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Nissan's new CEO takes over with long list of problems to fix
[TOKYO] Only once before has a leader of Nissan Motor Co inherited challenges as monumental as those confronting Makoto Uchida, who is starting his first week as chief executive officer.
The last time Nissan faced an existential crisis was two decades ago, when it was on the verge of bankruptcy and was rescued by Renault SA, which took a stake in the Japanese carmaker and sent in Carlos Ghosn to turn it around. Mr Ghosn later added Mitsubishi Motors Corp to the pact, which became the world's biggest carmaking alliance under the former chairman and CEO.
Once again, Nissan needs to get its business in order. And fast. Mr Ghosn's arrest a year ago on charges of financial crimes unleashed corporate infighting, and damaged Nissan's relations with Renault. Profits are at decade lows, 12,500 jobs will be cut and there are few new models to refresh an aging product lineup. Autonomous vehicles and electrification are poised to disrupt the industry in a once-in-a-generation shift.
"It's not realistic to expect a miraculous V-shaped recovery, but it is important to show that it can be done," Bloomberg Intelligence analyst Tatsuo Yoshida said.
"Externally, Uchida needs to normalise the relationship with Renault and restore trust in Nissan. Internally, he needs to address the gulf that's opened up between employees and management."
Mr Uchida, who most recently ran Nissan's joint venture in China, is scheduled to hold his first news conference as CEO later on Monday at Nissan's Yokohama headquarters. The 53-year-old formally took over Dec 1.
Nissan overhauled top management a month ago, adopting a collective-style leadership aimed at moving past the outsized influence Ghosn had over Nissan and the alliance with top shareholder Renault. Ashwani Gupta was appointed chief operating officer, and Jun Seki as deputy COO.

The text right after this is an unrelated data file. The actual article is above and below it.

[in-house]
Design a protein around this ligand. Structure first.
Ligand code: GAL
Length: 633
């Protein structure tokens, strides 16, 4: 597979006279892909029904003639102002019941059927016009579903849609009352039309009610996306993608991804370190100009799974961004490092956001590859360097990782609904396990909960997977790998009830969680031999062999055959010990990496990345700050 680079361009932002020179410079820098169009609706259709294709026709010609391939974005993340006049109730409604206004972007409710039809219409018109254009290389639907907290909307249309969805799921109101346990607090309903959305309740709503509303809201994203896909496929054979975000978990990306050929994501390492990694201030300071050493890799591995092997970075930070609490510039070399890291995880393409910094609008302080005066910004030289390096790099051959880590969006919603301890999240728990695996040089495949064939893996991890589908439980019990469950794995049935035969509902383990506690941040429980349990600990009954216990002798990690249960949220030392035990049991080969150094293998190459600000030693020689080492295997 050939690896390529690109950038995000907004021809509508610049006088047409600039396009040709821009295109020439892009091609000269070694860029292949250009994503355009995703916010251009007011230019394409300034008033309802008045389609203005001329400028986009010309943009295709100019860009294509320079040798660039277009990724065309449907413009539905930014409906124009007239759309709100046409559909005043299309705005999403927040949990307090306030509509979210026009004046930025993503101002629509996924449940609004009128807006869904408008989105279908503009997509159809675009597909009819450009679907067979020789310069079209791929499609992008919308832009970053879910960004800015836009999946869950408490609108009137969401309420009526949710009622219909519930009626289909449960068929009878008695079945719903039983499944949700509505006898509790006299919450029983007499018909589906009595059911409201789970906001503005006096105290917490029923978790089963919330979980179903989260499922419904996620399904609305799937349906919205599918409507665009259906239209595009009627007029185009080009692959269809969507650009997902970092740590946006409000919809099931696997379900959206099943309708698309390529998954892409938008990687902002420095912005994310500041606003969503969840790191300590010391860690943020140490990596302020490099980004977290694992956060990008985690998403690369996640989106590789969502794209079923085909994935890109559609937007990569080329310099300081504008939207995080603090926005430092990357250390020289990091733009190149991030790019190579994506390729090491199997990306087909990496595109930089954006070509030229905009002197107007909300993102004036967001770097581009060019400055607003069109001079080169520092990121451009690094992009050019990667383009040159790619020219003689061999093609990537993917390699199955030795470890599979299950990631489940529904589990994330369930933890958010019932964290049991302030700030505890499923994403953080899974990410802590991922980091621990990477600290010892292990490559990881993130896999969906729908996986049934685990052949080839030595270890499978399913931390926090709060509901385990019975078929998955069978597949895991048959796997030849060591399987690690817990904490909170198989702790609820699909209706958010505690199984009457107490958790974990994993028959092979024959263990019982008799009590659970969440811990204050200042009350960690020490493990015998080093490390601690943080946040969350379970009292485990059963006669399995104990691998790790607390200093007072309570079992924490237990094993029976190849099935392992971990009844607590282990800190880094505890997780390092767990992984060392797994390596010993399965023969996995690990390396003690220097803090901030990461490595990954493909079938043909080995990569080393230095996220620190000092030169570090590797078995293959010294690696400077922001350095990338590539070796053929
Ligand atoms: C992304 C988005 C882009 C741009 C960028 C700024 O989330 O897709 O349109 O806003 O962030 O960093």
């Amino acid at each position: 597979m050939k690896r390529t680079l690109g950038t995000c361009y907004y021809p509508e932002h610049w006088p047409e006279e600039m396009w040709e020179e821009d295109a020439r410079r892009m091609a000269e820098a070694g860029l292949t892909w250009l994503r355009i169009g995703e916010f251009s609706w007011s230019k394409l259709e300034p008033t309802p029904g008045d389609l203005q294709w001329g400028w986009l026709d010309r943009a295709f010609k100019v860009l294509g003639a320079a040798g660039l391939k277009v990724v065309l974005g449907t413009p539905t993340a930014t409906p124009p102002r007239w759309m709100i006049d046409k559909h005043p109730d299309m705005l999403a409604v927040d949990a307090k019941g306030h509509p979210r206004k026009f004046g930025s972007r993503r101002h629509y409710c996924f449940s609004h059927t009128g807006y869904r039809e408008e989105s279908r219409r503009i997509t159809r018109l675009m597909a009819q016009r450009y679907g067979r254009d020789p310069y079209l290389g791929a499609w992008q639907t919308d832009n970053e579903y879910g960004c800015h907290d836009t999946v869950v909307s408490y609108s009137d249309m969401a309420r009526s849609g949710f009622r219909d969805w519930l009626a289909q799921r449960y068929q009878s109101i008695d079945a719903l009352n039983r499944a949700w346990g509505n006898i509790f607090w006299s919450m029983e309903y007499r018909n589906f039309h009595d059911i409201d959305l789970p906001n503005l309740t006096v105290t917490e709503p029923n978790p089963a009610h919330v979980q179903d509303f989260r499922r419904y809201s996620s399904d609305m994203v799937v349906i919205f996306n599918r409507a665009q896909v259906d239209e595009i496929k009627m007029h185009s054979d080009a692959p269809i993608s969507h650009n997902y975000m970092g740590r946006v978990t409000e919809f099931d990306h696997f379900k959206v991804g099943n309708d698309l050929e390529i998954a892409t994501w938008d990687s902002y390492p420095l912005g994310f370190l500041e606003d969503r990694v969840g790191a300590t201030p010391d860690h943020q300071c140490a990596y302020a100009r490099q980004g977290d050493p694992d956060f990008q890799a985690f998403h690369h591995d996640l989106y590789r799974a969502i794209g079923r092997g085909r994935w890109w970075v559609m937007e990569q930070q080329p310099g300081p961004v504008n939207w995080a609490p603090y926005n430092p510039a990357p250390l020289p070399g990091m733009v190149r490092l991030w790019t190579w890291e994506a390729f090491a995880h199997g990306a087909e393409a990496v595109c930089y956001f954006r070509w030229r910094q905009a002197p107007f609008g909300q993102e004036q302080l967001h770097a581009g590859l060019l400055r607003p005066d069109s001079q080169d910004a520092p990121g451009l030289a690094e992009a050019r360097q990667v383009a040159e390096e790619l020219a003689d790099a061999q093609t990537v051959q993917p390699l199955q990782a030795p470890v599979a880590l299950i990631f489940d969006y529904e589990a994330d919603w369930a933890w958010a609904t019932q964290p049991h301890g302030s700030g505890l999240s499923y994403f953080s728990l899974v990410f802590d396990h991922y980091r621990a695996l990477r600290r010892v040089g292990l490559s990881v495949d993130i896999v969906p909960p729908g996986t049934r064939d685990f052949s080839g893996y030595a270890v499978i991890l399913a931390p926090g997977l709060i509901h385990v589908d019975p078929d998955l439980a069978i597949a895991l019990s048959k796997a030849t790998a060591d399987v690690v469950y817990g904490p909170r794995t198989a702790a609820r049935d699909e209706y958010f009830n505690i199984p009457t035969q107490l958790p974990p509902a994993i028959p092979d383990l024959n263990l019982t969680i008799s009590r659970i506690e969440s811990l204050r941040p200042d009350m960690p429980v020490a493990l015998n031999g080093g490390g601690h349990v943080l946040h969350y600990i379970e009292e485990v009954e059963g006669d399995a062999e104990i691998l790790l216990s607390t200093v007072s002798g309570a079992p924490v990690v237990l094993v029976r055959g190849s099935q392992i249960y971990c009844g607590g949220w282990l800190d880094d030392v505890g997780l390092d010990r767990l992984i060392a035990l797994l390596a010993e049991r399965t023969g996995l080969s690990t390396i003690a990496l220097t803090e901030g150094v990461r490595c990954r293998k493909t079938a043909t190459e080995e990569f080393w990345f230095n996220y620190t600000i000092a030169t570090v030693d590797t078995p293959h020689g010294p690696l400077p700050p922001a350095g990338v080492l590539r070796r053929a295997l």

The son of an airline employee, Mr Uchida lived abroad in several countries including Egypt while growing up. He studied theology at Japan's Doshisha University, an unusual background for a car executive. Unlike Mr Ghosn, he's seen as a quiet, straightforward manager used to delegating power, people with knowledge of the matter have said.
Last month, Nissan slashed its operating profit outlook and suspended its dividend in a blow to Renault, which owns 43 per cent of its Japanese partner. Nissan needs to restore its brand image and roll out new cars that appeal to buyers, just as annual global light vehicle production is on track to expand less than 1 per cent to 94.5 million units, according to IHS Markit.
Mr Uchida will also need to pay attention to shareholders, who have seen the stock fall 23 per cent this year, following a 22 per cent decline in 2018. At 3 per cent, Nissan has the lowest return on equity among Japan's seven major automakers, while Toyota Motor Corp has the highest. Only three of the 21 analysts tracked by Bloomberg rate Nissan shares a buy.
A key task for Uchida is repairing ties with Renault, which deteriorated to new lows under his predecessor, Hiroto Saikawa. The new CEO has collaborated with the French firm on joint procurement, according to people familiar with the matter. Mr Uchida, who joined Nissan in 2003 from metals and machinery company Nissho Iwai Corp, has also worked for Renault Samsung in South Korea.
The alliance is also taking steps to improve their collaboration. A general secretary will be appointed to oversee projects and coordination between Renault, Nissan and Mitsubishi Motors, reporting to alliance and Renault Chairman Jean-Dominique Senard and the CEOS of the automakers, the companies said in a statement Friday.
Time is running out, according to Koji Endo, an analyst at SBI Securities Co. "The key issue is whether he can deliver results within half a year," he said. "If he speaks about one or two years ahead, then he should just quit. Nissan can't wait that long."